30 years of consulting: From discrimination to recognition

By Dang Hoa - Dec 11, 2018 | 08:19 AM GMT+7

TheLEADERAlthough consulting was discriminated by the whole society 30 years ago, it has now proved itself as an indispensable intellectual profession in the national economy.

30 years of consulting: From discrimination to recognition
Han Manh Tien, General Director of CONCETTI

Nearly four decades ago, when the Vietnamese economy was still centrally planned, the concept of consulting did not exist. Meanwhile, in the early years of the 'Doi Moi' period (Vietnam’s economic renovation in 1986), the economy was in a crisis, and people were struggling really hard.

Coming back from the Soviet Union at the age of 38 and witnessing the poor performance of investment projects at that time, Han Manh Tien, the future General Director of CONCETTI, one of the first independent and professional technical support, research and consulting firms in Vietnam after Doi Moi, was filled with thoughts, "Huge losses and sufferings happened due to lack of opinions by independent experts."

Tien realised that as the country grew, the use of experts and consultants for government decisions would become more common and necessary, although at that time few people realised this.

That vision was a turning point for Han Manh Tien and his colleagues to come up with the idea of bringing together decent professionals to advise on government projects.

On October 15th, 1988, CONCETTI (Consulting and Research Company for Technology Transfer and Investment), under the Institute of Scientific and Technological Management, was established. Han Manh Tien was General Director of CONCETTI. It was responsible for its own operations and finances. This was a benchmark, a precondition for the private consulting model in the future.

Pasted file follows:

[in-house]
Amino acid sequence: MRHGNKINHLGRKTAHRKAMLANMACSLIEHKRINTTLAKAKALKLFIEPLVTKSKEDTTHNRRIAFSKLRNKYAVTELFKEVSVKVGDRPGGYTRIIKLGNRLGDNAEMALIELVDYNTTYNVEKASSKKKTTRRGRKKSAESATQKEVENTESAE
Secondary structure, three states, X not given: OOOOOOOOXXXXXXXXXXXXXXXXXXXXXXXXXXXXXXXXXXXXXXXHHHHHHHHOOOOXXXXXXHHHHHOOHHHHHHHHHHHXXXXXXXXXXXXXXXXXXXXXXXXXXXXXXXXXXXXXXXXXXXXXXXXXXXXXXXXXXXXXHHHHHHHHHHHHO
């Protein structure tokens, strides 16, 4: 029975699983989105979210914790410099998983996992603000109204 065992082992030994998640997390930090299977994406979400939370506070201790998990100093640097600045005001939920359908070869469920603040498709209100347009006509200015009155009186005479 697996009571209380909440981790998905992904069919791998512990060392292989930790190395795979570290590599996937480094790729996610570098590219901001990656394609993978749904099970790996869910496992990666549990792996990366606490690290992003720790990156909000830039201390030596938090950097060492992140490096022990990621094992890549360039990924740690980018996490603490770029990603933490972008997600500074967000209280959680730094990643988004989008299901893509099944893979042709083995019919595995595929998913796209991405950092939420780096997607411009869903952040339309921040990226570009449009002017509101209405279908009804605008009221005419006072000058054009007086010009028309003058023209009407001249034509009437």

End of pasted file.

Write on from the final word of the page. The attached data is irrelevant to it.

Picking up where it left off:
30 years of consulting: From discrimination to recognition
CONCETTI in its early days

Leaving the fountain of the state budget to start from zero, Tien and his colleagues encountered countless difficulties while figuring out the right way as there was no example for them then. Despite endless support from relatives, friends and colleagues, it was hardly believed that CONCETTI could survive and thrive at that time.

Even more, taking advantage of the ignorance of foreign businesses about policies when they came to Vietnam, some Vietnamese people approached and promised a lot of things, but after a long period of failing to keep those promises, they took all the money and ran away.

Regarding this situation, at that time, many Vietnamese newspapers published a series of articles about those fraudsters and emphasised that consultants had ruined the investment environment. The public opinion had been harsh on them.

That was the reason why they were prevented by a strict administrative system. Besides, with all the Doi Moi policies, contact with foreigners at that time remained to be strictly supervised.

Despite such difficulties, with great determination, Tien and his partners gradually contributed to asserting the status of consultants in the society.